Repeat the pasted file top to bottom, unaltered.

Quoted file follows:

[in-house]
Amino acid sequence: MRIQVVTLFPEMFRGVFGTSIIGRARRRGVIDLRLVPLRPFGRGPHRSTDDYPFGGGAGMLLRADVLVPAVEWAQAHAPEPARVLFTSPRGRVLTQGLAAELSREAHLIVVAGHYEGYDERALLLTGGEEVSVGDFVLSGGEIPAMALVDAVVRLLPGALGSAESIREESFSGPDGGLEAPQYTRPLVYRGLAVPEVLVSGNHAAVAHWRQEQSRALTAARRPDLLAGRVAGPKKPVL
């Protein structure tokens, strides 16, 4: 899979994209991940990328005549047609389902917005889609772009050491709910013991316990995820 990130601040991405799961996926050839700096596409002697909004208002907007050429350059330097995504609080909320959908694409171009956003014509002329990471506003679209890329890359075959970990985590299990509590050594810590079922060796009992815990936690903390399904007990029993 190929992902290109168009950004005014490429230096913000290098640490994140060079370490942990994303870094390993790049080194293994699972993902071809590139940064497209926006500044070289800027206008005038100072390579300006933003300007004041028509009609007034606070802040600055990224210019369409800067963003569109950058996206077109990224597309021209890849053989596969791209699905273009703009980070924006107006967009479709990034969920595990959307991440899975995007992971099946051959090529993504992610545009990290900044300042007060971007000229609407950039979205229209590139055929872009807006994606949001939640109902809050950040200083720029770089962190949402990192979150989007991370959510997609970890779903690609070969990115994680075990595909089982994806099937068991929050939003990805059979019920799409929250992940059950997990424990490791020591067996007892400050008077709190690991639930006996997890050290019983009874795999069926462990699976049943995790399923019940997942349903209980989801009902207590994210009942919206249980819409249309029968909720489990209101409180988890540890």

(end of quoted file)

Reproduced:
[in-house]
Amino acid sequence: MRIQVVTLFPEMFRGVFGTSIIGRARRRGVIDLRLVPLRPFGRGPHRSTDDYPFGGGAGMLLRADVLVPAVEWAQAHAPEPARVLFTSPRGRVLTQGLAAELSREAHLIVVAGHYEGYDERALLLTGGEEVSVGDFVLSGGEIPAMALVDAVVRLLPGALGSAESIREESFSGPDGGLEAPQYTRPLVYRGLAVPEVLVSGNHAAVAHWRQEQSRALTAARRPDLLAGRVAGPKKPVL
């Protein structure tokens, strides 16, 4: 899979994209991940990328005549047609389902917005889609772009050491709910013991316990995820 990130601040991405799961996926050839700096596409002697909004208002907007050429350059330097995504609080909320959908694409171009956003014509002329990471506003679209890329890359075959970990985590299990509590050594810590079922060796009992815990936690903390399904007990029993 190929992902290109168009950004005014490429230096913000290098640490994140060079370490942990994303870094390993790049080194293994699972993902071809590139940064497209926006500044070289800027206008005038100072390579300006933003300007004041028509009609007034606070802040600055990224210019369409800067963003569109950058996206077109990224597309021209890849053989596969791209699905273009703009980070924006107006967009479709990034969920595990959307991440899975995007992971099946051959090529993504992610545009990290900044300042007060971007000229609407950039979205229209590139055929872009807006994606949001939640109902809050950040200083720029770089962190949402990192979150989007991370959510997609970890779903690609070969990115994680075990595909089982994806099937068991929050939003990805059979019920799409929250992940059950997990424990490791020591067996007892400050008077709190690991639930006996997890050290019983009874795999069926462990699976049943995790399923019940997942349903209980989801009902207590994210009942919206249980819409249309029968909720489990209101409180988890540890």